This post contains affiliate links. Read the full disclosure here
How to Become a Freelance Proofreader Online
Do you have a knack for spotting the tiniest of mistakes in spelling, grammar, and punctuation? If so, then I may have just found your dream job! Whether you’re looking for a flexible work schedule or are looking for something that pays fairly well, becoming a professional proofreader might be right up your alley!
This blog post will go over how to become a proofreader. We’ll discuss what it is, what it takes to become a proofreader, how much do proofreaders make, where to find jobs as a proofreader, and more.
But first, what is proofreading?
Proofreading is often confused with editing, but there are distinct differences between the two.
A proofreader is a person who reads text for:
- Spelling errors
- Poor formating
- Improper use of verb tenses
- Grammar mistakes
- Punctuation errors
- Poor overall flow of content
This could be someone who works in publishing, or it could be someone who checks over your essay before you turn it into the teacher.
It takes a certain eagle-eye ability to be good at proofreading, and it’s obviously not for everyone. But, if you are the type of person who loves to correct grammar and you always notice spelling mistakes on a restaurant menu, this could be the perfect gig for you!
Editing and Proofreading Jobs Comparison
*This post contains affiliate links. I may earn a small commission if you make a purchase, at NO extra cost to you, through these links. Please read my Disclosure for more information.
An editor checks a written text at a structural level. Editors may change the sequence or order of thoughts or improve the sentences without changing their intended meaning.
Proofreading, on the other hand, is the final stage of text preparation. As a proofreader, you do not modify the text at a structural level. Instead, you correct errors and inconsistencies in grammar, punctuation, and spelling, among others.
Your goal as a proofreader is to polish and perfect a properly edited text and make it ready for publication.
You might believe that proofreading is as easy as replacing commas with periods and that using a sophisticated proofreading program would be enough to spot these errors.
In reality, professional proofreaders follow a systematic approach to spotting and correcting errors. And this is where learning this approach is key to becoming a successful proofreader.
Proofreading Online Rates: How Much Do Proofreaders Make?
Professional proofreaders make a decent income. According to Indeed, the average hourly wage for proofreaders hovers around $21.97 as of August 2021.
Meanwhile, according to Glassdoor, proofreaders in the US make an average of $42,892 annually, with the top end of earners making over $66,000 per year.
You could be making more with a freelance proofreading business or if you work as a court transcript proofreader. According to ZipRecruiter, the average annual pay for legal proofreaders in the US is $48,439 per year.
Meanwhile, the Bureau of Labor Statistics reports that proofreaders in the legal industry are making an average of $ 57,720.
Benefits of Working from Home as a Proofreader
Proofreading may be one of the lesser-known ways to make money from home. Yet, with the explosion of internet marketing, there is an incredibly high demand for proofreaders online. Just think of the 1.88+ billion active websites today, and just by looking at Internet Live Stats’ counter, this figure is increasing at a fast rate.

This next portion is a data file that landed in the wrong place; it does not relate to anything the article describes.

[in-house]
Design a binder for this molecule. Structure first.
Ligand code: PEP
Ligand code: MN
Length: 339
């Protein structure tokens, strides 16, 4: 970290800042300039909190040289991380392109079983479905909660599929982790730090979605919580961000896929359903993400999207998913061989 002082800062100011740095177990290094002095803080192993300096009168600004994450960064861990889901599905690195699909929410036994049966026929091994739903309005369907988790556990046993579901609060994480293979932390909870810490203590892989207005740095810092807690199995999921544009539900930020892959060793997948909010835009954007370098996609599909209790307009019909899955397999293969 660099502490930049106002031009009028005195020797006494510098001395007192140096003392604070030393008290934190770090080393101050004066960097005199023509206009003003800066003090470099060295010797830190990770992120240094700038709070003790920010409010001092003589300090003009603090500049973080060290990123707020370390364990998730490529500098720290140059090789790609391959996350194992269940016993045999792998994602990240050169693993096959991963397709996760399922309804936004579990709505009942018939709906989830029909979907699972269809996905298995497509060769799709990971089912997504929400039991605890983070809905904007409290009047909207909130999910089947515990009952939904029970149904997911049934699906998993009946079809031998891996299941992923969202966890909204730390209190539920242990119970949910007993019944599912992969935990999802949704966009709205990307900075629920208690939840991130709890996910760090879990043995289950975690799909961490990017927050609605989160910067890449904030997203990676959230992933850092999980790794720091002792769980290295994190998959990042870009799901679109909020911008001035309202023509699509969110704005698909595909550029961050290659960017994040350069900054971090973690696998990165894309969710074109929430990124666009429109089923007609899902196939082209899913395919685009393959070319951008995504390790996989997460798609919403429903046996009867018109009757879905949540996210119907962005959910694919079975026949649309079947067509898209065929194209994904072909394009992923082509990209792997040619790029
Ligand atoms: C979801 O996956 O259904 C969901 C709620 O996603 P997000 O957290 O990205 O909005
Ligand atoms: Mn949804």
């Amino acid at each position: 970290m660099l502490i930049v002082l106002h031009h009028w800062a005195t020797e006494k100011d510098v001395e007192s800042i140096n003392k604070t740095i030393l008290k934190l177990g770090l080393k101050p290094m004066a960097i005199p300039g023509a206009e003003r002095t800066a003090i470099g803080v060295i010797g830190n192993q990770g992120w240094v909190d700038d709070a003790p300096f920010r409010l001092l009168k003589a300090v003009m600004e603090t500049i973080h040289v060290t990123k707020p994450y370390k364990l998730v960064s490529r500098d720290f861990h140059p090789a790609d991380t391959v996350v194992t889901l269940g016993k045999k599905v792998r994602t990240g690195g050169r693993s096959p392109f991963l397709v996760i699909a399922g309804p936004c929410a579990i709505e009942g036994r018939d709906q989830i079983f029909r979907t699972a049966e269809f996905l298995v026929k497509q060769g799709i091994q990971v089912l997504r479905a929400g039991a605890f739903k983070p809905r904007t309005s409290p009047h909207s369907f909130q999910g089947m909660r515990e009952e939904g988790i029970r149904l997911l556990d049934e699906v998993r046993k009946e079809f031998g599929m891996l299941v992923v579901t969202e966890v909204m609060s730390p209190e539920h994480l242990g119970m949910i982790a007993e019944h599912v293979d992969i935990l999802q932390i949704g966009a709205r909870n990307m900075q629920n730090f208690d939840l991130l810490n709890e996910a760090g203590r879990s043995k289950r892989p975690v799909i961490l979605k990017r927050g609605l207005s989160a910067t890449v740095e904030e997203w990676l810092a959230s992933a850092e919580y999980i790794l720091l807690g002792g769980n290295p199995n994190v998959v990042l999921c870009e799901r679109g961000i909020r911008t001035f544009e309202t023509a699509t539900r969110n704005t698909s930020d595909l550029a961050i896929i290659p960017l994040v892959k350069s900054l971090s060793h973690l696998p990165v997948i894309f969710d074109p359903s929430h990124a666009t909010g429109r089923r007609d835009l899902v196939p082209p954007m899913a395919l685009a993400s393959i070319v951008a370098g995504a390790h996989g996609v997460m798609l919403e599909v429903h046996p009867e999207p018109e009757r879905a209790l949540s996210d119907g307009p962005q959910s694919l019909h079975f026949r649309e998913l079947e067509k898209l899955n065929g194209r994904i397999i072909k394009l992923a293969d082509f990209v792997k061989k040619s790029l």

You don’t need to be in any specific location to do the job… it’s all from your tablet or computer!
Pays Fairly Well
Proofreading jobs typically pay about $23 an hour which translates to over $40,000 per year if you work 40 hours per week. Your rates may increase considerably as you establish experience and credibility as a proofreader.
You can work on multiple projects
Proofreader jobs are not limited to written publications, books, and novels. Your clients could include digital authors, bloggers, and website owners.
But, that’s not the only field that needs online proofreaders. Proofreaders are also in demand in the legal and medical fields. Legal proofreading jobs and medical proofreading jobs typically pay higher rates compared to general proofreading jobs.
Perfect for Introverts
If you are the type who prefers working alone, then this could be one of your best job options out there. With online proofreading jobs, you typically work by yourself from home. Read: 12 Best Jobs for People Who Hate People!
How Do I Become a Proofreader?
Spoiler alert! You don’t need an English degree, or a “ proofreader certification” to become a professional proofreader in the same way as you would become a CPA.
There are no formal qualifications required to become a proofreader, although having an associate or college degree will give you an edge over other candidates.
Most employers, however, may require you to pass a proofreading test to assess your skills. This is usually a timed exam that tests your skills in grammar, comprehension, punctuation, formatting, and more.
So, how to become a proofreader without a degree? Here are a few steps to get started:
1. Have the necessary skills
The first step to becoming a proofreader is learning the skills necessary for doing so. These include:
- Ability to correct errors in grammar, punctuation, syntax, formatting and more.
- Proficiency of the English language
- Strong attention to details
- Knowledge of various style guidelines for formatting – Chicago, AP, APA, MLA, and so on.
- Great communication skills
In order to hone your proofreading skills, here are a few things you can do:
- Read proofreading books, such as McGraw-Hill’s Proofreading Handbook, to learn the rules of proofreading, and grammar books like The Elements of Style.
- Browse through books on Goodreads that have received a lot of negative reviews for grammar errors. This will allow you to develop your eye for spotting mistakes, as well as give you more practice reading through text and figuring out the correct way words should be spelled or used in context.
- Take proofreading quizzes to learn where your skills are at.